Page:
When the childhood home of Melissa Barthelemy, a sixth-year graduate student of Public History, burned down in Ojai when she was eight years old, she and her family may have initially thought they only escaped with a few photo albums. But, what they eventually learned was they had gained life lessons in community, compassion, and the generosity of others.
They found an outpouring of community support as neighbors and others offered mattresses, clothing and all sorts of items to help them in their time of need.
Little did Melissa know that, years later, she would use those lessons to pay it forward by first helping UCSB students cope with their trauma in the wake of the Isla Vista Tragedy of May 23, and then by creating a collection of items to remember the victims and document the campus and community response.
I sat down with Melissa Barthelemy to discuss her work with the IV/UCSB Memorial Preservation Project and the upcoming exhibition for which she is serving as project manager and curator, which is titled “We Remember Them: Acts of Love and Compassion in Isla Vista.” The exhibit will be open to the public for viewings from May 20-June 20 in the Red Barn (Old Gym) near the bus circle on campus. (You can find more information about Melissa and the Remembrance Projects she is engaged in at www.melissabarthelemy.com)
She was forthcoming about her involvement in the project, her own struggles as a graduate student, and the unique circumstances of her childhood, growing up in the back room of her parents' toy store.
So let’s start with your current work. How did you become involved in the IV/UCSB Memorial Preservation Project?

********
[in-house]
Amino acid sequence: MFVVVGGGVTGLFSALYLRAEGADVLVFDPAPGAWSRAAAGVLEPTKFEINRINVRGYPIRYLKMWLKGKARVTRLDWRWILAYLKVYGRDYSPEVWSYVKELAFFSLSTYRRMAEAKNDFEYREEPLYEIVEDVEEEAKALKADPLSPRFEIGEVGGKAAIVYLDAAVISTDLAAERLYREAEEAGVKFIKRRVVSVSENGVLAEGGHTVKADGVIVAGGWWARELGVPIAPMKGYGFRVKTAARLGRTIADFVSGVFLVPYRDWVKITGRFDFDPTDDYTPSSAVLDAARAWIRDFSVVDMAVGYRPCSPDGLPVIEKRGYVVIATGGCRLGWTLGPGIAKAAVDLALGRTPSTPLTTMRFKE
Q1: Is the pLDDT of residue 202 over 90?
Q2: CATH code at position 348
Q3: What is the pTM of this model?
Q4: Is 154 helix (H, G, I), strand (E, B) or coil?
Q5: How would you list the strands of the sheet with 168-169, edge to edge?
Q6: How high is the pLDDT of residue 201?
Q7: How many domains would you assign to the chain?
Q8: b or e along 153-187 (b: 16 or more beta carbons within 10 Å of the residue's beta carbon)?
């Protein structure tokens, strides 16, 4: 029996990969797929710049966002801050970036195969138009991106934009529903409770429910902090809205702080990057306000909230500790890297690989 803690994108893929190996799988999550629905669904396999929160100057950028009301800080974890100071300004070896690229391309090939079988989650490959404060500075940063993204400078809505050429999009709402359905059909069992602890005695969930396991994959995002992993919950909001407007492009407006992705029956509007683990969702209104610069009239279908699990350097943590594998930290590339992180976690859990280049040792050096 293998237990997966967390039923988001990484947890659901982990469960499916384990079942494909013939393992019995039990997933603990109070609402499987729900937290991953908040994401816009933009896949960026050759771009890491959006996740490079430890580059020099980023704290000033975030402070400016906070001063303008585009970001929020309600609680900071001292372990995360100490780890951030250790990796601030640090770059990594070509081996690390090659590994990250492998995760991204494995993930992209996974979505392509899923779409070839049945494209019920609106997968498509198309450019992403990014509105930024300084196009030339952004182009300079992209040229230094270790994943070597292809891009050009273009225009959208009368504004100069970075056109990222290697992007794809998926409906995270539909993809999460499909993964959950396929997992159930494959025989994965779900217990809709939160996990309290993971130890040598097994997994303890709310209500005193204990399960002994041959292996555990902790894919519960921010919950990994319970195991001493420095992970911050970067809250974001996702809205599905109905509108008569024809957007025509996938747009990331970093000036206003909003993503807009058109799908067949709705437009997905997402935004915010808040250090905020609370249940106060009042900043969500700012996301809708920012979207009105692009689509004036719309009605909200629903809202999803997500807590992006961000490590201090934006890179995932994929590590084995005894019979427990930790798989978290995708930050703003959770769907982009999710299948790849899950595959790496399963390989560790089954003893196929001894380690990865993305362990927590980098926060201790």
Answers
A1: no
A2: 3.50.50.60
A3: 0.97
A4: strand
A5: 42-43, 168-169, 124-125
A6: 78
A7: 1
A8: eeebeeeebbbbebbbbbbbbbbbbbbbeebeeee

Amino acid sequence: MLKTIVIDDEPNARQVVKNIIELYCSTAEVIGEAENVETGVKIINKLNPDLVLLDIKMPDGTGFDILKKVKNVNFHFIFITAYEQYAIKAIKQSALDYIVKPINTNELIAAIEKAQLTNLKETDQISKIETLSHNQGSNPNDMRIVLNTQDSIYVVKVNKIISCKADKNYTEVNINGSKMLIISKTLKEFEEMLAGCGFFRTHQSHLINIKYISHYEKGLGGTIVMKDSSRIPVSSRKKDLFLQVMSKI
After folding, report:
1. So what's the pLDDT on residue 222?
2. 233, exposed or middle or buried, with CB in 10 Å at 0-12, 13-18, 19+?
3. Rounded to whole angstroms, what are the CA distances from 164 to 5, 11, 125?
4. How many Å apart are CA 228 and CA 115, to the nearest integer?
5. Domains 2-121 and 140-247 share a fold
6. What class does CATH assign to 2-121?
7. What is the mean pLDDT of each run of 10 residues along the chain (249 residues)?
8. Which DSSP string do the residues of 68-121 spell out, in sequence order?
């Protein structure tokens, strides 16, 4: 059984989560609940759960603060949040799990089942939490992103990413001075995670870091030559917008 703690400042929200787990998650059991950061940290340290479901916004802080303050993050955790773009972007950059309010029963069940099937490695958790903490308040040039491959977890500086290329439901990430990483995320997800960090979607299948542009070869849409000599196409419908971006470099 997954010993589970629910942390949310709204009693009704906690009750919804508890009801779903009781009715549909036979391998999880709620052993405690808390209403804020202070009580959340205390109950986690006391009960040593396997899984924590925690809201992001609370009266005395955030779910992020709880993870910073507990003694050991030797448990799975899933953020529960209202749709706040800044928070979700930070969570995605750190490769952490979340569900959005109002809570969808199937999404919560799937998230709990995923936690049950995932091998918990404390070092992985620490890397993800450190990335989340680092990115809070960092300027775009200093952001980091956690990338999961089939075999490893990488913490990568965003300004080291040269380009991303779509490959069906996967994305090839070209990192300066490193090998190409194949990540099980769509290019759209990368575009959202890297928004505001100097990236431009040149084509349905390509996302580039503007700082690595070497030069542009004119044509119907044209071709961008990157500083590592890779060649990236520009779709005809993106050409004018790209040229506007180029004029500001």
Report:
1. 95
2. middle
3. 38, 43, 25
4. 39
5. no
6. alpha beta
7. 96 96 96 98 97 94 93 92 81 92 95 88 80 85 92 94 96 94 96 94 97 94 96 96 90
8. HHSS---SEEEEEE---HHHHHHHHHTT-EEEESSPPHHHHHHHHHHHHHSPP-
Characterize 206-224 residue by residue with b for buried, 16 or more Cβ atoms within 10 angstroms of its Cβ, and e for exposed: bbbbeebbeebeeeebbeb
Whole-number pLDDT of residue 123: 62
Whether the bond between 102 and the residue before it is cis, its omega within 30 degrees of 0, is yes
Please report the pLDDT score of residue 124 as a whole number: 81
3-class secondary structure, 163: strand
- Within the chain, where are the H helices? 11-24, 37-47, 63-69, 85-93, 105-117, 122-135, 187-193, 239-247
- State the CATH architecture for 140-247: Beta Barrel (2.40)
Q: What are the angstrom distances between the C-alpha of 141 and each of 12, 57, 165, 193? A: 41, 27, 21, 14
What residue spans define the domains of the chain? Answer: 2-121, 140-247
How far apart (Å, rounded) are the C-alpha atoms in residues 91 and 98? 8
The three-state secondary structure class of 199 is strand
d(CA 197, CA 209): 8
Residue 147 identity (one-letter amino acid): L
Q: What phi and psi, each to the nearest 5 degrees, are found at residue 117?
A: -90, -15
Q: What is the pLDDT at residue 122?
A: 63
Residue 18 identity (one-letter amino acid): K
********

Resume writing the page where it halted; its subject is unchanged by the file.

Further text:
In the immediate wake of the tragedy my initial concern was how to best support the graduate and undergraduate students at UCSB. I contacted Turi Honegger, Assistant Clinical Director of CAPS (Counseling And Psychological Services), at UCSB. I strongly felt we needed a special crisis training session for the graduate students since it is common for undergraduates to approach their Teaching Assistants before turning to faculty and staff for support and assistance. Turi agreed to help me organize this, and we had many email conversations that lasted until 2 a.m. in the days following the tragedy. A small group of us managed to organize two workshop sessions that were held on Tuesday, May 27 and were attended by over 140 people.
That weekend I also worked closely with community members in Isla Vista to figure out what systems of support were needed there. Some UCSB students told me that they wanted a space in the Arbor that could focus on art and healing and that they thought it was important to have a memorial space on the actual campus. With the support of the Office of Student Life and Associate Dean Katya Armistead we created the Memorial Wall at The Arbor which is a painted wooden structure that is covered in dozens of messages of compassion and solidarity. While working on the space, students asked me, “What’s going to happen to the memorial sites in IV? Will all of the items at the sites be thrown away?”
So I asked the Interim Director of Special Collections, at the UCSB Library, if they had any plans to form a collection. He said that librarians generally receive items that are donated but don’t go out in the community to collect them, and that I was the first person to approach him about this. He then asked me to convene a committee of librarians, faculty, and students to support the project.